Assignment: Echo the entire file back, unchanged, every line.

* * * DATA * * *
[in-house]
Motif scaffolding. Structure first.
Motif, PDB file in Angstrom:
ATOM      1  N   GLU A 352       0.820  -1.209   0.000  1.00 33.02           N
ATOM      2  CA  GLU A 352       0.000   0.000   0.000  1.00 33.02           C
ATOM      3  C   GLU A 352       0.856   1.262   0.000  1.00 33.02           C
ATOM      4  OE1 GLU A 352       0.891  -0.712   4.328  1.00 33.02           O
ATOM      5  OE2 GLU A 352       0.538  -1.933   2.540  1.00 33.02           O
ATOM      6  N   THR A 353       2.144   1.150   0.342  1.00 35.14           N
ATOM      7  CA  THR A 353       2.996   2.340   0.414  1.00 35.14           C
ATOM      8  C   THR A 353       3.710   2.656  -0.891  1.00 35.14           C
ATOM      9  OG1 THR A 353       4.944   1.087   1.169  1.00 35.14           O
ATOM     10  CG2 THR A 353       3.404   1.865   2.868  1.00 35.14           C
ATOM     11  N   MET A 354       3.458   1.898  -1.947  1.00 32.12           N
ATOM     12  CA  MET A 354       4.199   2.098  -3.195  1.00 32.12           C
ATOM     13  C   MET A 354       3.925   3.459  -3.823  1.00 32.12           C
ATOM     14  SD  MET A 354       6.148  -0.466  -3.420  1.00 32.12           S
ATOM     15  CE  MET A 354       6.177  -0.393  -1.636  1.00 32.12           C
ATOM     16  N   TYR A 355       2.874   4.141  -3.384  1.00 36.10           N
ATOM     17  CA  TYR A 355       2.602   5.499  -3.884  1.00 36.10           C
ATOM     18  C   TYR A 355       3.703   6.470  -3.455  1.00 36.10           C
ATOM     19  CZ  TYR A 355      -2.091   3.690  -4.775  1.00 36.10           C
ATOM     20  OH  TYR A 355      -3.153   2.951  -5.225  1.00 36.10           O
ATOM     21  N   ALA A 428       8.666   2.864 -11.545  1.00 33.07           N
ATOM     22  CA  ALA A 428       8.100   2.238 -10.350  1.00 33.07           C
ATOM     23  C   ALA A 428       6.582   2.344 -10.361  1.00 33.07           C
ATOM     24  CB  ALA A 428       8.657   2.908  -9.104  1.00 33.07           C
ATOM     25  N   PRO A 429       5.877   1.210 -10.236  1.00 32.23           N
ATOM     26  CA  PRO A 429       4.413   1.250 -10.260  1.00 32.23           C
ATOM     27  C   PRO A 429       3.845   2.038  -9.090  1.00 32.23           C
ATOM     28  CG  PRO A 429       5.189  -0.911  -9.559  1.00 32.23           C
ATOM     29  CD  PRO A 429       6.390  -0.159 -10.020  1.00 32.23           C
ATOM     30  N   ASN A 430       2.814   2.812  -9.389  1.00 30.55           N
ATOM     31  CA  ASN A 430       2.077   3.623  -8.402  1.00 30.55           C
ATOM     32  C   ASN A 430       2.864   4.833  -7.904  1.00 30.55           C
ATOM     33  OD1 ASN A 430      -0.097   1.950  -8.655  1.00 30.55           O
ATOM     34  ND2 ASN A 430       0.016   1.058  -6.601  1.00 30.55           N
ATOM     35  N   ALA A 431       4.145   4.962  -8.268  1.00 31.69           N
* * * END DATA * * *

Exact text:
[in-house]
Motif scaffolding. Structure first.
Motif, PDB file in Angstrom:
ATOM      1  N   GLU A 352       0.820  -1.209   0.000  1.00 33.02           N
ATOM      2  CA  GLU A 352       0.000   0.000   0.000  1.00 33.02           C
ATOM      3  C   GLU A 352       0.856   1.262   0.000  1.00 33.02           C
ATOM      4  OE1 GLU A 352       0.891  -0.712   4.328  1.00 33.02           O
ATOM      5  OE2 GLU A 352       0.538  -1.933   2.540  1.00 33.02           O
ATOM      6  N   THR A 353       2.144   1.150   0.342  1.00 35.14           N
ATOM      7  CA  THR A 353       2.996   2.340   0.414  1.00 35.14           C
ATOM      8  C   THR A 353       3.710   2.656  -0.891  1.00 35.14           C
ATOM      9  OG1 THR A 353       4.944   1.087   1.169  1.00 35.14           O
ATOM     10  CG2 THR A 353       3.404   1.865   2.868  1.00 35.14           C
ATOM     11  N   MET A 354       3.458   1.898  -1.947  1.00 32.12           N
ATOM     12  CA  MET A 354       4.199   2.098  -3.195  1.00 32.12           C
ATOM     13  C   MET A 354       3.925   3.459  -3.823  1.00 32.12           C
ATOM     14  SD  MET A 354       6.148  -0.466  -3.420  1.00 32.12           S
ATOM     15  CE  MET A 354       6.177  -0.393  -1.636  1.00 32.12           C
ATOM     16  N   TYR A 355       2.874   4.141  -3.384  1.00 36.10           N
ATOM     17  CA  TYR A 355       2.602   5.499  -3.884  1.00 36.10           C
ATOM     18  C   TYR A 355       3.703   6.470  -3.455  1.00 36.10           C
ATOM     19  CZ  TYR A 355      -2.091   3.690  -4.775  1.00 36.10           C
ATOM     20  OH  TYR A 355      -3.153   2.951  -5.225  1.00 36.10           O
ATOM     21  N   ALA A 428       8.666   2.864 -11.545  1.00 33.07           N
ATOM     22  CA  ALA A 428       8.100   2.238 -10.350  1.00 33.07           C
ATOM     23  C   ALA A 428       6.582   2.344 -10.361  1.00 33.07           C
ATOM     24  CB  ALA A 428       8.657   2.908  -9.104  1.00 33.07           C
ATOM     25  N   PRO A 429       5.877   1.210 -10.236  1.00 32.23           N
ATOM     26  CA  PRO A 429       4.413   1.250 -10.260  1.00 32.23           C
ATOM     27  C   PRO A 429       3.845   2.038  -9.090  1.00 32.23           C
ATOM     28  CG  PRO A 429       5.189  -0.911  -9.559  1.00 32.23           C
ATOM     29  CD  PRO A 429       6.390  -0.159 -10.020  1.00 32.23           C
ATOM     30  N   ASN A 430       2.814   2.812  -9.389  1.00 30.55           N
ATOM     31  CA  ASN A 430       2.077   3.623  -8.402  1.00 30.55           C
ATOM     32  C   ASN A 430       2.864   4.833  -7.904  1.00 30.55           C
ATOM     33  OD1 ASN A 430      -0.097   1.950  -8.655  1.00 30.55           O
ATOM     34  ND2 ASN A 430       0.016   1.058  -6.601  1.00 30.55           N
ATOM     35  N   ALA A 431       4.145   4.962  -8.268  1.00 31.69           N